Have you heard of market capitalisation?
A significant tool to analyse a company’s size and position, market capitalisation is the total value of all outstanding shares of a public company.
The outstanding shares include all the shares held by internal members of the company and the shares available to the public.
A slight modification of this concept has given rise to free float market capitalisation.
What is free float market capitalisation?
Let us begin by understanding what is a free float.
The number of shares of a stock that is freely available for the public to trade is called the free float.
So, free float market capitalisation is the overall value of shares at the disposal of the public. This excludes shares held privately by government organisations and others within the company. It purely considers the shares available for public trading in the open market.
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Free float market capitalisation formula:
= Total number of shares for public trading * Current market price per share
The number of shares available for the public can be arrived at by deducting the number of locked-in shares from the total number of shares issued.
Locked-in shares include shares held by:
- Owners and directors
- Government agencies
- Other private bodies and trust
- Any other party who does not trade them in the stock market.
Consider ABC Ltd is a public company with 100,000 outstanding shares of ₹ 100 each.
Of the 100,000 shares – The founders hold 20,000 shares, directors hold 15,000 shares, and another 10,000 shares are reserved for employees under the Employee Stock Option Plan.
The remaining shares are available for trading.
The market capitalisation of ABC Ltd: Total number of shares outstanding * Price per share = 100000 * 100 = ₹ 10,000,000 Free float market capitalisation of ABC Ltd: Total number of shares for public trading * Price per share Shares for public = 100000 - 20000 - 15000 - 10000 = 55000 * 100 = ₹ 5,500,000
Below are the details of two stocks listed on the National Stock Exchange (NSE) as of 14 Sep 2023.
|Trade Information||Infosys Ltd||TCS Ltd|
|Share price||₹ 1,505.55||₹ 3,562.35|
|Traded Volume (Shares)||64,44,213||26,04,721|
|Traded Value (₹ Lakhs)||₹97,048.56||₹92,815.07|
|Total Market Cap (₹ Lakhs)||₹6,24,85,712.64||₹13,03,48,216.59|
|Free Float Market Cap (₹ Lakhs)||₹5,37,37,712.87||₹3,64,97,500.64|
Looking at the information of the two companies, it can be noted that TCS has a higher market capitalisation. But, the free float market capitalisation of Infosys is higher.
The primary factors driving this are the number of shares issued and the number of shares offered to the public.
While comparing different companies using these factors, the company having a smaller free float is considered more volatile. This is because the number of shares that can be influenced by market conditions is lesser.
Advantages of free float market capitalisation
- This method of market capitalisation is considered more realistic and accurate. Since it does not consider locked-in shares, this gives a better picture of the company’s position in the market.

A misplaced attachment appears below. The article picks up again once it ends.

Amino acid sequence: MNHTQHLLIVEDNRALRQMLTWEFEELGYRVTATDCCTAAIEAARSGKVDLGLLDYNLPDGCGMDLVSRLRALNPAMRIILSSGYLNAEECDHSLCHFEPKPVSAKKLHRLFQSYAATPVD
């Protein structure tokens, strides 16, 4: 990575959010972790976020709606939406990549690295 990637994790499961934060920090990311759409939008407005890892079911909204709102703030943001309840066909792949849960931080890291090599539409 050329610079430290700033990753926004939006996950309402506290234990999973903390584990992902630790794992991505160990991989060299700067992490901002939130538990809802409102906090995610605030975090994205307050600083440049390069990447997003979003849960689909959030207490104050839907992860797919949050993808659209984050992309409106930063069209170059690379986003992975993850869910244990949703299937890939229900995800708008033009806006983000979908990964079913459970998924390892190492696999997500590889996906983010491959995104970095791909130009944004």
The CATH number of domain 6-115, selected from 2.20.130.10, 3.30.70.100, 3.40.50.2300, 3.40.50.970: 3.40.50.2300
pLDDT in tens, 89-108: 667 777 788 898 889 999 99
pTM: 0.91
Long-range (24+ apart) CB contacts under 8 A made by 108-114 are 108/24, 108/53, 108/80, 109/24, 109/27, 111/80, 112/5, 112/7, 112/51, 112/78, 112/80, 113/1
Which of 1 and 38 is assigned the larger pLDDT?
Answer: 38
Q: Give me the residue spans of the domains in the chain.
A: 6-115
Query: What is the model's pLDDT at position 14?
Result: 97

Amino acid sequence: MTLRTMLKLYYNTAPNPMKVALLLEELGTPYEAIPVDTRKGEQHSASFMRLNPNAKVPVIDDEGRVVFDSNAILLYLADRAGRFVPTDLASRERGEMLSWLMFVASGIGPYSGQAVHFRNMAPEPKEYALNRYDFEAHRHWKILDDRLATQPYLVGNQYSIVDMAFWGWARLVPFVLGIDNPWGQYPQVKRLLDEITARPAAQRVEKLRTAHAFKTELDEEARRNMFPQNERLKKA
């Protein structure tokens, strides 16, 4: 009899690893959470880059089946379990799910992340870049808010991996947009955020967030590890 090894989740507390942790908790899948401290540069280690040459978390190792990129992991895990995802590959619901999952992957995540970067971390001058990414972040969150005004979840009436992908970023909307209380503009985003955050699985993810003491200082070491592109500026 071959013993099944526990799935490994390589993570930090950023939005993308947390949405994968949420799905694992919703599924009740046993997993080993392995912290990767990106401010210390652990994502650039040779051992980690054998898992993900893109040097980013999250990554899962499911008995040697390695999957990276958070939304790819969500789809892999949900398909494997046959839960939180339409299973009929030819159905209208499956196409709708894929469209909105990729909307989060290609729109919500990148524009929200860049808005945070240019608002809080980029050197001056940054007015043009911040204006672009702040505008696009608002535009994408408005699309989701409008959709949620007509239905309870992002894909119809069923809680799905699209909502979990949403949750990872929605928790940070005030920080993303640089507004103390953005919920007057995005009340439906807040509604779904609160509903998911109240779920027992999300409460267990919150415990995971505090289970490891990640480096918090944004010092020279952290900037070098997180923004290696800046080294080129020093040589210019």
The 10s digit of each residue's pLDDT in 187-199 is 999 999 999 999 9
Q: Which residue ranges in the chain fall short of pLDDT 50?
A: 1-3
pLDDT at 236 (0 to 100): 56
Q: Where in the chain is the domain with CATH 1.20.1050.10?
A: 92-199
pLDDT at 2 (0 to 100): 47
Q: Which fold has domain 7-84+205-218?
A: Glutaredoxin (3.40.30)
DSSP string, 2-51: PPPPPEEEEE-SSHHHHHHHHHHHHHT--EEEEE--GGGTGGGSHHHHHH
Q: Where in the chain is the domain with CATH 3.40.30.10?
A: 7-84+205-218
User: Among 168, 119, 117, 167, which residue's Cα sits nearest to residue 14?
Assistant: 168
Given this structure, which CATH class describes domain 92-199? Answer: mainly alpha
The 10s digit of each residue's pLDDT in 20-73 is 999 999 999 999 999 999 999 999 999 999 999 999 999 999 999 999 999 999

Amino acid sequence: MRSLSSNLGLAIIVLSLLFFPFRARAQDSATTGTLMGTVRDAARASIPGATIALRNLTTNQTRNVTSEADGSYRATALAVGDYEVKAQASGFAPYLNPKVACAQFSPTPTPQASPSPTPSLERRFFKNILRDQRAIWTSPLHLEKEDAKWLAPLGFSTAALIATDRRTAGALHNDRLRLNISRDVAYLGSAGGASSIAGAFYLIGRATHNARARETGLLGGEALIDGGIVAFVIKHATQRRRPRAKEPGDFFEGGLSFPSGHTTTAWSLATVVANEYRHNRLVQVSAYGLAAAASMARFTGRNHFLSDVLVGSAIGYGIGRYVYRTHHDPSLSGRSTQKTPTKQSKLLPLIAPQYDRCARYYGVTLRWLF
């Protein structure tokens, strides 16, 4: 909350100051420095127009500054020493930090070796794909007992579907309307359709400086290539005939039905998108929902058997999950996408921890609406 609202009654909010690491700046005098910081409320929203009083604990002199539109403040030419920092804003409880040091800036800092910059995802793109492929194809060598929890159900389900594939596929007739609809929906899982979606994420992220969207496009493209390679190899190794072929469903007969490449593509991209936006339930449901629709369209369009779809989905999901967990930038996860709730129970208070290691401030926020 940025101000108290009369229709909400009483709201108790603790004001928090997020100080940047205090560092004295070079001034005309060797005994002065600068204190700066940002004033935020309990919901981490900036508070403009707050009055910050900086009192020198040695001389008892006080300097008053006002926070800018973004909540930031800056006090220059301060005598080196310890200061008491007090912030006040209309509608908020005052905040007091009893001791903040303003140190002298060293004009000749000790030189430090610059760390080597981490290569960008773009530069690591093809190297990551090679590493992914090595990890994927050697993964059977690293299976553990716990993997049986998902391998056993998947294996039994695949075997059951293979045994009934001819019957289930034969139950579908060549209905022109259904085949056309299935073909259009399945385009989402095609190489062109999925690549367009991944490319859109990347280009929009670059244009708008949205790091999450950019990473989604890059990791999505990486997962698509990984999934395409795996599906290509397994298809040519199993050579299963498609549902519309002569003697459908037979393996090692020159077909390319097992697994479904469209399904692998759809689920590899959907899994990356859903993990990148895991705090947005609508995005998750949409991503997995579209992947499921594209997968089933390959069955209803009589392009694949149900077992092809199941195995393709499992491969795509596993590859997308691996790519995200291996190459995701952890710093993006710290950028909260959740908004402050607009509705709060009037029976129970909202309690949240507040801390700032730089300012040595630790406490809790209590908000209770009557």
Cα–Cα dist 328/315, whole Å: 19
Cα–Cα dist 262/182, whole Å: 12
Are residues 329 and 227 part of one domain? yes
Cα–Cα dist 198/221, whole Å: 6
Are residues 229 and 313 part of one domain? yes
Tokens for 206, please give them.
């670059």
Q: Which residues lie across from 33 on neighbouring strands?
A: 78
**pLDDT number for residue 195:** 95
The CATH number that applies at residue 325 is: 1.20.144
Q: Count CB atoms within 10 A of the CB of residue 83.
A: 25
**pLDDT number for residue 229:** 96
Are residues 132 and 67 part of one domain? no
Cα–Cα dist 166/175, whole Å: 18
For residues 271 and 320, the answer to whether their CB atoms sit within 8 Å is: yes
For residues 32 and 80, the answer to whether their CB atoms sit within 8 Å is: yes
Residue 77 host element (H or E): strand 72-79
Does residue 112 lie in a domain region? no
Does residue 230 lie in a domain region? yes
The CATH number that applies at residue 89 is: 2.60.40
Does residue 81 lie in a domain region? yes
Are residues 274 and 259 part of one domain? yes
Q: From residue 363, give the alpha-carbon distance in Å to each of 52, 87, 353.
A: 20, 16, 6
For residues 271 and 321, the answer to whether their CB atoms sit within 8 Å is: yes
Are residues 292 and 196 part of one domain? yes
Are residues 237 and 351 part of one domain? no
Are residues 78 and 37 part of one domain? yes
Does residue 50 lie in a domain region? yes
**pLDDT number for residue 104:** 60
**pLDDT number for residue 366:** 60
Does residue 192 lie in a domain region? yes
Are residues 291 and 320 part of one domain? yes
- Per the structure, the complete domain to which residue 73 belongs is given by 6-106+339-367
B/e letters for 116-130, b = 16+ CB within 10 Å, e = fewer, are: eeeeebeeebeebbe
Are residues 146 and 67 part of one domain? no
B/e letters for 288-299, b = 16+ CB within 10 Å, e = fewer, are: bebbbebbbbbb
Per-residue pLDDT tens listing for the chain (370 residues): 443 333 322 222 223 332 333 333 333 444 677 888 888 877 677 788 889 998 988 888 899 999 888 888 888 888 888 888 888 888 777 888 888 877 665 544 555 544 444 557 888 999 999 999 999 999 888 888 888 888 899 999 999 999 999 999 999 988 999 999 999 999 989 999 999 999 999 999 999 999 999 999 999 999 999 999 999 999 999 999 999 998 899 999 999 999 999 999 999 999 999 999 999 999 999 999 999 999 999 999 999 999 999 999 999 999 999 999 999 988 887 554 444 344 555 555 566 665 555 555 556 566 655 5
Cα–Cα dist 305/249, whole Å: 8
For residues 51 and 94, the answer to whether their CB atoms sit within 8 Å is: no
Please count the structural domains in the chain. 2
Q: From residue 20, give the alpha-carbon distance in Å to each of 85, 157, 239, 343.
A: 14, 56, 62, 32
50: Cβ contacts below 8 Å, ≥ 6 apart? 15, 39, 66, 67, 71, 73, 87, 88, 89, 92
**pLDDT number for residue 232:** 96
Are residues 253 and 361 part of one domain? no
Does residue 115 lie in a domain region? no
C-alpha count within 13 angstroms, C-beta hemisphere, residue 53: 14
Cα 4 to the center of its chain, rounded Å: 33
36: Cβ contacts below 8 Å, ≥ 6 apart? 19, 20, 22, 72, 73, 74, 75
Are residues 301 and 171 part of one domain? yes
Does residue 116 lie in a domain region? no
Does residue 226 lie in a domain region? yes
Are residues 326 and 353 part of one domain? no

- The number of shares open to the public influences the volatility and liquidity of stocks. Liquidity and volatility are significant while making investment decisions.
Market capitalisation may not give the right picture here as it includes privately held shares as well.
- Various stock indices across multiple stock exchanges use the free float factor while calculating market capitalisation.
- Market capitalisation is one of the tools used in classifying companies as small-cap and large-cap companies.
Companies with high locked-in capital get the advantage of falling under large-cap because of the market capitalisation method.
Hence, free float is considered more accurate in categorising companies.
How is NIFTY calculated using the free float factor?
The stock market uses various indices to analyse the performance of stocks and the market, as a whole. One of the indices is NIFTY.
NIFTY is made up of two words – National Stock Exchange and Fifty. This is a stock market index formulated by the National Stock Exchange. It helps in ranking the top 50 stocks, out of all the stocks listed on the exchange.
It also represents the overall performance of the stock market by considering the weighted average of the top 50 stocks.
Also Read: Difference between Nifty and Sensex
The free float factor is a significant component in calculating NIFTY.
NIFTY Index = Current market value / (Base market capital * 1000)
The base year and base value of 1995 and 1000 have been set by the NSE.
Considering all 50 companies, the current market value is the weighted total market capitalisation and base market capital is the weighted average market capitalisation in the base year.
The weighted total market capitalisation involves the free float factor.
The investible weight factor refers to the free float factor, i.e., the total number of shares in the open market / total number of shares outstanding.
We now know what is a free float and how significant it is in calculating market capitalisation and stock market indices.
Various stock markets across the globe like NASDAQ, BSE, and others use the free float method to calculate indices.
Investors must also consider the free float value over the standard market capitalisation value while making decisions, to be more clear and accurate about the stock’s condition.
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